economically disadvantaged men and women. Each customer also receives a lock,
lights, and a lifetime of free repairs on the bike when needed. The program is
having a massive impact on the ability of these locals to access jobs and
services - the gift of two wheels is truly a transformative intervention. Photo courtesy Recycle-A-Bicycle
6. The Detroit Greenways Coalition
Led by champion Detroiter Todd Scott, the Detroit Greenways Coalition is pulling together the city, the state, local foundations, businesses and grassroots advocates behind a vision to make the Motor City better for wheels and feet. This is no idle chatter - in just a few years the DGA has overseen a remarkable expansion in bike lane and trail mileage in the city. There is so much good news coming out of Detroit - just a few of the highlights include the continued development of pathways along the Detroit Riverfront, the expansion of the Dequindre Cut and the creation of Complete Streets policy. (And Todd's twitter feed: @detroitgreenway).
7. Detroit's East Side Riders.
When Mike Neeley learned he had diabetes about five years
ago he decided he wanted to do something to lose weight and improve his health.
Not content with a regular old bike ride, he and his brother Dywayne formed a
two-wheeled crew big on personality, lights and color. Today, the East Side
Riders, famous for their super-revamped bikes fitted with everything from
bright lights, stickers and horns to TVs, radios and, yeah, a barbecue, is
credited with popularizing bicycling in the city. (See also: GMOB, Inkster
Pedal Pushers, Southwest, Downriver). Words don't do it justice. Check out
photos of the East Side Riders in this
Huffington Post article...
8. The expansion of the Kalamazoo River Valley Trail.
A beautiful rail-trail with an excellent group of local supporters and planners behind it, the KRVT has spurred an increase in biking and walking in Kalamazoo County. The completion of a 2.7-mile leg from Mayors' Riverfront Park east to Comstock Township last year, funded by a Transportation Alternatives (TA) grant brings the trail's total distance to 17 miles, nearly halfway to the final goal of 35 miles. Up next: extending the trail from Comstock further east to Galesburg. A big reason for the trail's success: the Kalamazoo River Valley Trail partnership, which has brought all the state and local players to the table to work together on fundraising and planning.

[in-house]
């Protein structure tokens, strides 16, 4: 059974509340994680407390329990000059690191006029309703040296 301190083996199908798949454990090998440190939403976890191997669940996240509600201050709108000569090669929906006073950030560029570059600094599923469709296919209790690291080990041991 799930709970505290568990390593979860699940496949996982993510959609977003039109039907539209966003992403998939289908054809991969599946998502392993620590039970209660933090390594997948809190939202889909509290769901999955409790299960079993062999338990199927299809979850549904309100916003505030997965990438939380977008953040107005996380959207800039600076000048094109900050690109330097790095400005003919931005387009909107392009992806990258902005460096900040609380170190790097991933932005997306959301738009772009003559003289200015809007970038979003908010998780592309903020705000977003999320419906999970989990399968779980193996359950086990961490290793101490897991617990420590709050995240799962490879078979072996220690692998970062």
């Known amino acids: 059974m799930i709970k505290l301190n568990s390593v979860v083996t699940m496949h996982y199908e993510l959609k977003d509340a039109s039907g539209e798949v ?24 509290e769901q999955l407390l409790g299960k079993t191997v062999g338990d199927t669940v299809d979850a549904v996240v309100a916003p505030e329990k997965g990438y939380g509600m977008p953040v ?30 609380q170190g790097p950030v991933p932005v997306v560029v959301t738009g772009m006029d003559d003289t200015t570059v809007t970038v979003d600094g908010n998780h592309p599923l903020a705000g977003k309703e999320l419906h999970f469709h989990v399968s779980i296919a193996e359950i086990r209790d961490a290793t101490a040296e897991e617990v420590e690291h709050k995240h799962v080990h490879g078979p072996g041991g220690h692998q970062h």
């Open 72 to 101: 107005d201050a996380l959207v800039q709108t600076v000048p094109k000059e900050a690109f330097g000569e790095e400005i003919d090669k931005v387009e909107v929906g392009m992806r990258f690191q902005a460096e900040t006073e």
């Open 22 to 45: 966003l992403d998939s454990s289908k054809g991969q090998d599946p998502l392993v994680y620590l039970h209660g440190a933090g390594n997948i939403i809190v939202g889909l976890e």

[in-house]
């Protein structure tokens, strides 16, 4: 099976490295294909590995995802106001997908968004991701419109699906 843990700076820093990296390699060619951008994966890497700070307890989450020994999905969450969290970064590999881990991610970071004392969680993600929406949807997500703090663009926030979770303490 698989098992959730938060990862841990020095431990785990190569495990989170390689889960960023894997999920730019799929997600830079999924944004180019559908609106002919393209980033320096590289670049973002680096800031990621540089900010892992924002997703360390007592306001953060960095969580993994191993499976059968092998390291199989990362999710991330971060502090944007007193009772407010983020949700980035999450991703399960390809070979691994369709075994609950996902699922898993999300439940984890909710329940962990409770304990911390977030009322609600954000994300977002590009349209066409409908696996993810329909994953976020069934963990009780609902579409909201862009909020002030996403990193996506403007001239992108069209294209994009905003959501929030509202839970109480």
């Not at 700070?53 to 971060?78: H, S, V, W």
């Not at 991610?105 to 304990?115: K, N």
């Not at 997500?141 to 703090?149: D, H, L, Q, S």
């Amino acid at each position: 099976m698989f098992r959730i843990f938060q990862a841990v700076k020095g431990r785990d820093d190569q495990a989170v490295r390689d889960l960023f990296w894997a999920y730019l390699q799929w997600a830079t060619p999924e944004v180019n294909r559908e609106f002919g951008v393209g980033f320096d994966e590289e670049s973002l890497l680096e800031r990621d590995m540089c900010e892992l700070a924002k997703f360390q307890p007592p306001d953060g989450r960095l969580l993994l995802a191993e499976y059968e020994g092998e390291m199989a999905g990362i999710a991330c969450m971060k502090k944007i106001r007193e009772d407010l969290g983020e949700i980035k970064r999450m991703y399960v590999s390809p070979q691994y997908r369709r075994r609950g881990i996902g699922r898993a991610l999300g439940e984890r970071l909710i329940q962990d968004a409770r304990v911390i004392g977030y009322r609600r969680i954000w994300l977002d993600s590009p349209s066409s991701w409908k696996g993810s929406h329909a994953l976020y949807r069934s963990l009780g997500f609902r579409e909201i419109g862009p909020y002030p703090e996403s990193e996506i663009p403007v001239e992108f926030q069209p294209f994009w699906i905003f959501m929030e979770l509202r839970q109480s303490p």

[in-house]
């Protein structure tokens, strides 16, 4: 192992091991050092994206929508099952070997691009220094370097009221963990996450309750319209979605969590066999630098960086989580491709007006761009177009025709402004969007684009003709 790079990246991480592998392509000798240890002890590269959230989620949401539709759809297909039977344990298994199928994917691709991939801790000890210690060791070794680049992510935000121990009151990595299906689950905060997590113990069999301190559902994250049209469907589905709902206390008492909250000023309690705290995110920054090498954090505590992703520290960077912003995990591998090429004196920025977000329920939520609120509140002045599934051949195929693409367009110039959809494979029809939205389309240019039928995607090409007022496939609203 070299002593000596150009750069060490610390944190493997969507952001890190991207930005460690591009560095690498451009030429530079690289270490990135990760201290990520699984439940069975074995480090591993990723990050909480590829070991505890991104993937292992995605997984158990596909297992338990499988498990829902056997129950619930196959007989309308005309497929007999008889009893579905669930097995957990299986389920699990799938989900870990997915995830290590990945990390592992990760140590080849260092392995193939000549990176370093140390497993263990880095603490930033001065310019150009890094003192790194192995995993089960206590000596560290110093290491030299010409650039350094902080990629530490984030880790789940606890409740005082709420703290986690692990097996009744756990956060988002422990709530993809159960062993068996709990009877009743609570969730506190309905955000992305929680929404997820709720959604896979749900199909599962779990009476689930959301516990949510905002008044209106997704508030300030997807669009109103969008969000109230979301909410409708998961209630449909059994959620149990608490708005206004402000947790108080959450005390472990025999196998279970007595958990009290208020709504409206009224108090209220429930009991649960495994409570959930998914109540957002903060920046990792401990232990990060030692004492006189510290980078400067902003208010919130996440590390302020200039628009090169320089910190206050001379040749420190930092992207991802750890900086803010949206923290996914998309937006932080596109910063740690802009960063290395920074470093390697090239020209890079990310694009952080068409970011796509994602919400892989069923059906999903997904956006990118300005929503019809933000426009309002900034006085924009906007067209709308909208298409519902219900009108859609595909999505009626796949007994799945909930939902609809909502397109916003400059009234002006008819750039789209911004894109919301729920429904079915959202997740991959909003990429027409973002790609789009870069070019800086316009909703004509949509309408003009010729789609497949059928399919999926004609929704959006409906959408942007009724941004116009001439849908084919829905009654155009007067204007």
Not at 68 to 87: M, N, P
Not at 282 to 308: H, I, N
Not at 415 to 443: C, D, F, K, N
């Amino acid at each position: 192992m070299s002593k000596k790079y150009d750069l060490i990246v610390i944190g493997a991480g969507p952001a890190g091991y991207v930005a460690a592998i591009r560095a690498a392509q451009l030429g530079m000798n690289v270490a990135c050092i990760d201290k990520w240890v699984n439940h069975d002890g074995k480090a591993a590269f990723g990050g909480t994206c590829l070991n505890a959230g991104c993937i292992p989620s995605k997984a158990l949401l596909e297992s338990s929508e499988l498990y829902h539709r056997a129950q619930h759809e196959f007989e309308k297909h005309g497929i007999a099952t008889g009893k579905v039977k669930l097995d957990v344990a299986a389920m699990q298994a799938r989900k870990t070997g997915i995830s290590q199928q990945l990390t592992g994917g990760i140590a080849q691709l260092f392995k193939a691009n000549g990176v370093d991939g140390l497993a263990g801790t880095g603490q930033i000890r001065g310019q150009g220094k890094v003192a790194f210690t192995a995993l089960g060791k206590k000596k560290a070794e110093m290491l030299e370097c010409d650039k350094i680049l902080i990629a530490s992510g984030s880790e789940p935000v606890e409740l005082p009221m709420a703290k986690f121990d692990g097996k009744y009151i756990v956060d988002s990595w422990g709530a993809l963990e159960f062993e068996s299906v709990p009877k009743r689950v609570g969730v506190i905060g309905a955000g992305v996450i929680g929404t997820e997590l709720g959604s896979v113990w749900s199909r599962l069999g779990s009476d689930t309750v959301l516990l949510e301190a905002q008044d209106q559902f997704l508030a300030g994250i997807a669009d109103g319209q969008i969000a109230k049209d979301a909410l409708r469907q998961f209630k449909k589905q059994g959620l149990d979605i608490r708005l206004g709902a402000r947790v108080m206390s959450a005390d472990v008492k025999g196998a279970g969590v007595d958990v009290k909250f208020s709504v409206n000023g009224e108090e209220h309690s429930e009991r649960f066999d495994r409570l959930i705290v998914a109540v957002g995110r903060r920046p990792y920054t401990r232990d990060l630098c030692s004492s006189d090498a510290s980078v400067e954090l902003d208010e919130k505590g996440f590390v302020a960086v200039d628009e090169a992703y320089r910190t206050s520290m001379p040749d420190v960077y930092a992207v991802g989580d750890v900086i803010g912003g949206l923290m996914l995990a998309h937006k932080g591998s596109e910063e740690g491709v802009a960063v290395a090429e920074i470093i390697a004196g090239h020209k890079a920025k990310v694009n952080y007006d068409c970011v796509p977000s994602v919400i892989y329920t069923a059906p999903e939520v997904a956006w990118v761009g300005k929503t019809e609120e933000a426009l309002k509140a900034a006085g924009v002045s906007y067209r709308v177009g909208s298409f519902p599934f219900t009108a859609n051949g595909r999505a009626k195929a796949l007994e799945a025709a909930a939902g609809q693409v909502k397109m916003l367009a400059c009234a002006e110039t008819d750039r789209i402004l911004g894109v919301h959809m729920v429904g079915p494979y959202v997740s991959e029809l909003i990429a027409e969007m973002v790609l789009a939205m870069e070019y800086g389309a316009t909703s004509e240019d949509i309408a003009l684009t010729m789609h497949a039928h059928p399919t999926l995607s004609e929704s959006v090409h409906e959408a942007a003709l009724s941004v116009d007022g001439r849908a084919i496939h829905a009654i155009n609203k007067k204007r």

9. The Fred Meijer trails network.
Having made his fortune in the grocery business, in the
early 1990s Fred Meijer funded the purchase of the first rail-trail
right-of-way in Michigan, inspired by his passionate belief that the people of
Michigan should explore the beautiful outdoor areas of their state. That
purchase became the Fred Meijer Heartland Trail. In turn, the Heartland Trail
became centerpiece of the Fred
Meijer trails network, which, supported by the excellent Friends of Fred
Meijer Heartland Trail and the Meijer Foundation, continues to grow. The latest
segment, from Ionia to Saranac, through the Ionia State Recreation Area, has
just been completed.
10. The progress of the Iron Ore Heritage Trail.
As much an exploration of Michigan's past as a place of
transportation and recreation, the Iron
Ore Heritage Trail is already regarded as one of the state's iconic
rail-trails. There's a lot of support for this ambitious trail project in the
Upper Peninsula - Gov. Snyder himself was on hand to cut the ribbon of the
latest 12 mile segment, from Negaunee to Marquette, this summer. That makes 30
miles completed, and 18 more to go.
"Our best days are not behind us, they're ahead of us," Gov. Snyder
said at the ribbon-cutting. It's a sentiment that we think applies to
communities all over Michigan.
Do you know of a trail, project, local organization or
citizen that deserves recognition in our celebration of Michigan this month?
Don't keep it under your hat! Let me know at email@example.com., or share
through our facebook, twitter or instagram feeds - #RTCMichigan.